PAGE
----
Rewarding collection of French symphonic music

Rewarding collection of French symphonic music
There is a lot of wonderful music on this well-filled 2-CD set. (Each disc lasts more than 73 minutes.) It is all played with refinement and finesse by the Orchestre National de Lyon, led by their violinist-turned-conductor Nikolaj Szeps-Znaider, who does a fine job bringing it all to life.
A lot of this music was unknown to me, including at least four premier recordings. Not everything is a masterpiece, of course. There are a lot of long, rather drawn-out tone-poems here – all of it colorful and Impressionistic in a typical French way, but also a surprising amount of it bears a strong influence of Richard Strauss, and even a bit of Wagner.
In general, I found Disc 2 the better of the two as to musical interest and recording quality. Only one track on Disc 1 really stood out from the rest, Lili Boulanger’s “On a Spring Morning” (D’un matin de printemps). And how glorious it is – 6 ½ minutes of pure inspiration and creative mastery, superbly orchestrated. Regrettably, it’s one of the shortest works in the entire collection.
Disc 2’s highlights include Duparc’s “To the Stars” (Aux etoiles), Chausson’s Viviane, and Sohy’s Danse mystique. All of it captivating and musically enlightening. The opening few minutes of Rabaud’s “Nocturnal Procession” is also very nice, with its sumptuous strings and a gorgeous oboe solo. But, alas, it soon turns impossibly Wagnerian in scope and weight, going on for 15 long minutes before finally bringing the concert to a grandiose close. (And this piece isn’t the only one on the program like that.)
As to the familiar favorites, those which will likely be a primary draw for many (myself included), they are a mixed bag. Unfortunately, Disc 1 is occasionally plagued with recording problems. A lower transfer level and a laid-back orchestral balance and perspective result in some low-voltage, low-energy readings. Sadly, the worst affected are “The Accursed Huntsman” (Le Chasseur maudit) by Franck and The Sorcerer’s Apprentice (Dukas). Which is a pity. The Franck in particular is a fine reading, with good momentum and drive. But as recorded, the brass and percussion are so recessed way back in the hall, drama and dynamic power are restrained, somewhat diminishing the orchestra’s ability to make a real impact when called for. As to the Dukas, it’s unexceptional to begin with, and with the low-voltage recording, the musical characterization falls flat.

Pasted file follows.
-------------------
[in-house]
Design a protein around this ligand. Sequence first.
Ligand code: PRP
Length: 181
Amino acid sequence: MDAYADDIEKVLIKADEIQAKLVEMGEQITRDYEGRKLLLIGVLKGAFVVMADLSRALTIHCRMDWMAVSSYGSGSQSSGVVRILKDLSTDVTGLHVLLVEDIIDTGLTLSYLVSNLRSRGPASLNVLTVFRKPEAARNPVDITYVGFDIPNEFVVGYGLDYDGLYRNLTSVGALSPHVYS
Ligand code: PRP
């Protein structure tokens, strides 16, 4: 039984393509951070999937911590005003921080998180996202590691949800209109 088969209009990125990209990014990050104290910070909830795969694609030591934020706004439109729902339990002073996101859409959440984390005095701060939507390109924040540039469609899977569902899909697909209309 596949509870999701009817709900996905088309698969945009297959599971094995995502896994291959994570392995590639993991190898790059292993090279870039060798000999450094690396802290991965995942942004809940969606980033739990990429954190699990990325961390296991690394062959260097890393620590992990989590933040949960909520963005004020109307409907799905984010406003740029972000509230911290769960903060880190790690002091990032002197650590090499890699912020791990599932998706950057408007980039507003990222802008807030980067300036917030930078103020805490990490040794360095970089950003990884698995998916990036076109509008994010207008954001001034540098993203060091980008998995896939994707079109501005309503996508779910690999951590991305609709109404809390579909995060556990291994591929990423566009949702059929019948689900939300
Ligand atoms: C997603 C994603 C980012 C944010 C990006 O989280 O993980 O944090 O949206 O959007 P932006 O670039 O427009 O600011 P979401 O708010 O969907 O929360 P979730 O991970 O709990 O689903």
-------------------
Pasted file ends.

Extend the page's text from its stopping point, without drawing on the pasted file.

On the other hand, Disc 2 gives us a lively Espana (Chabrier) with markedly improved sound which provides more presence and immediacy to the orchestra, thus enhancing musical involvement. And there’s a decent (though ultimately routine) Danse Macabre (Saint-Saens).
The recording quality is a real factor in this set. This program was recorded in two sets of sessions, separated by 16 months, and the differences between them can easily be heard. However, except in those selections where extrovert drama and dynamic impact are of utmost importance, the orchestra is colorful and warm, blanketed in a cozy, cushioned reverberation, with an emphasis on the strings. And the playing throughout is very fine – especially considering they are likely sight-reading much of this.
In the end, this is a wonderful collection of mostly unfamiliar French music, musically pleasing and richly orchestrated. However, taken as a whole, it is certainly too much to absorb in just one or two listening sessions. I found myself losing interest and wandering into another room as it played on, before hearing something which grabbed my attention and drew me back to the stereo.
I approached this set again a week later, this time listening in smaller chunks spread across several days, and began to fully appreciate its many rewards. However, there remained a pervading sense of “sameness” to much of this music. The relaxed, plush recording doesn’t help in this regard. I do wish the orchestra was afforded a bit more life and sparkle. And it is most unfortunate the balance engineer miscalculated the microphone placement on the most familiar and enticing pieces (Dukas, Franck). This for me seriously diminishes the appeal of an otherwise intriguing collection.
Overall, the production itself is impressive. It is presented in an attractive 3-way foldout cardboard enclosure which contains the two CDs and an enormous (100-pages!) bound paper-back book – replete with copious program notes in multiple languages, historical photos, an itemized listing of orchestral personnel, and recording details. It’s almost too much, truth be told, being rather cumbersome to find what you’re looking for. (And annoyingly, the track listing does not appear on the first pages; you have to flip through a few to get to it.) Nonetheless, it is an impressive publication for a CD booklet, lending a luxurious feel to the entire package. And musically, there is much to enjoy.

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